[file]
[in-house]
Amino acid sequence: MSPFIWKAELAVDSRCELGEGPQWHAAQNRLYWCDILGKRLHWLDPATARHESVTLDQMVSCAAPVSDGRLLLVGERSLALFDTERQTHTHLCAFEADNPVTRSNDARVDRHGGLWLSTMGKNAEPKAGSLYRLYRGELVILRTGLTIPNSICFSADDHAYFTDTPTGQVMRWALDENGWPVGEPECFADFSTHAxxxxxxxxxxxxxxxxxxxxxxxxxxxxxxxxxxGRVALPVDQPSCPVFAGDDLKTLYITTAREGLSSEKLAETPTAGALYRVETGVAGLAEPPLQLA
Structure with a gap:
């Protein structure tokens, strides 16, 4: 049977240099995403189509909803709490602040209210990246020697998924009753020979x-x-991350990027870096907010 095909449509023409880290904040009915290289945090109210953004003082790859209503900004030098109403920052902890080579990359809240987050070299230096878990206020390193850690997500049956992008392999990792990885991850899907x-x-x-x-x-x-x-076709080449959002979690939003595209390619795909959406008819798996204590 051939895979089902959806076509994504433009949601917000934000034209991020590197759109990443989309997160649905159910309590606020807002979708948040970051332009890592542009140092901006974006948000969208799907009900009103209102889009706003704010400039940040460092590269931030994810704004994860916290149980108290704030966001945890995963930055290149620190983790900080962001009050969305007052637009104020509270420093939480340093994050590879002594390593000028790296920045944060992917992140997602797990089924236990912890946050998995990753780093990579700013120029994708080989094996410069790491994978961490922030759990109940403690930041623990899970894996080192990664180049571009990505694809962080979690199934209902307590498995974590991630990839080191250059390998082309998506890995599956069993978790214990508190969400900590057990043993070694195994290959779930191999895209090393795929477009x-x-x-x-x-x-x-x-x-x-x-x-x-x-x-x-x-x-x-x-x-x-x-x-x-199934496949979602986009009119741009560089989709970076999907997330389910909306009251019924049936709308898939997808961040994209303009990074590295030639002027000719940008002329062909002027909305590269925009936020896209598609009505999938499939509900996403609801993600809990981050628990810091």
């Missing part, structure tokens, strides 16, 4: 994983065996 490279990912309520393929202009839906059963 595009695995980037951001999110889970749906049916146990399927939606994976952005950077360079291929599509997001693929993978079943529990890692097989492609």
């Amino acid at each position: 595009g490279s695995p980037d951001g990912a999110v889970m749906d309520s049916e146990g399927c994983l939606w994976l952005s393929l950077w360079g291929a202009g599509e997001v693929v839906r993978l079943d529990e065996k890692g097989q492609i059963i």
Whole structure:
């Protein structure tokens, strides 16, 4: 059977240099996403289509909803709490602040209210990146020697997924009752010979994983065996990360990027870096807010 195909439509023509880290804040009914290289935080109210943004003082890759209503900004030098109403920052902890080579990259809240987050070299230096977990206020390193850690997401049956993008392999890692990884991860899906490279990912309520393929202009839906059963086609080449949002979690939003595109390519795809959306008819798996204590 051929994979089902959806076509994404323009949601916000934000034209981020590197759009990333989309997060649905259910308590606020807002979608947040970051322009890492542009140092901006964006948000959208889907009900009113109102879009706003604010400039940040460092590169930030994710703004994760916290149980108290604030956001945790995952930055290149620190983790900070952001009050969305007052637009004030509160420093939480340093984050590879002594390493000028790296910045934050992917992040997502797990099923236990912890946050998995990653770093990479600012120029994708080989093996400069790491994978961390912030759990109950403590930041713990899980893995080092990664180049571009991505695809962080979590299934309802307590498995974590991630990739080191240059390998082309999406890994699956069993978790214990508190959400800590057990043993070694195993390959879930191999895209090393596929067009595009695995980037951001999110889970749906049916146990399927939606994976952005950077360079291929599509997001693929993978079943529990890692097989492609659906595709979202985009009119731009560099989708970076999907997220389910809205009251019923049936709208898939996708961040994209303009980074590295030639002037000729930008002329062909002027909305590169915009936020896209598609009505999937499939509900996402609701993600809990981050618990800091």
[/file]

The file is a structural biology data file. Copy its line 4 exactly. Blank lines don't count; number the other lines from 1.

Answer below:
């Protein structure tokens, strides 16, 4: 049977240099995403189509909803709490602040209210990246020697998924009753020979x-x-991350990027870096907010 095909449509023409880290904040009915290289945090109210953004003082790859209503900004030098109403920052902890080579990359809240987050070299230096878990206020390193850690997500049956992008392999990792990885991850899907x-x-x-x-x-x-x-076709080449959002979690939003595209390619795909959406008819798996204590 051939895979089902959806076509994504433009949601917000934000034209991020590197759109990443989309997160649905159910309590606020807002979708948040970051332009890592542009140092901006974006948000969208799907009900009103209102889009706003704010400039940040460092590269931030994810704004994860916290149980108290704030966001945890995963930055290149620190983790900080962001009050969305007052637009104020509270420093939480340093994050590879002594390593000028790296920045944060992917992140997602797990089924236990912890946050998995990753780093990579700013120029994708080989094996410069790491994978961490922030759990109940403690930041623990899970894996080192990664180049571009990505694809962080979690199934209902307590498995974590991630990839080191250059390998082309998506890995599956069993978790214990508190969400900590057990043993070694195994290959779930191999895209090393795929477009x-x-x-x-x-x-x-x-x-x-x-x-x-x-x-x-x-x-x-x-x-x-x-x-x-199934496949979602986009009119741009560089989709970076999907997330389910909306009251019924049936709308898939997808961040994209303009990074590295030639002027000719940008002329062909002027909305590269925009936020896209598609009505999938499939509900996403609801993600809990981050628990810091």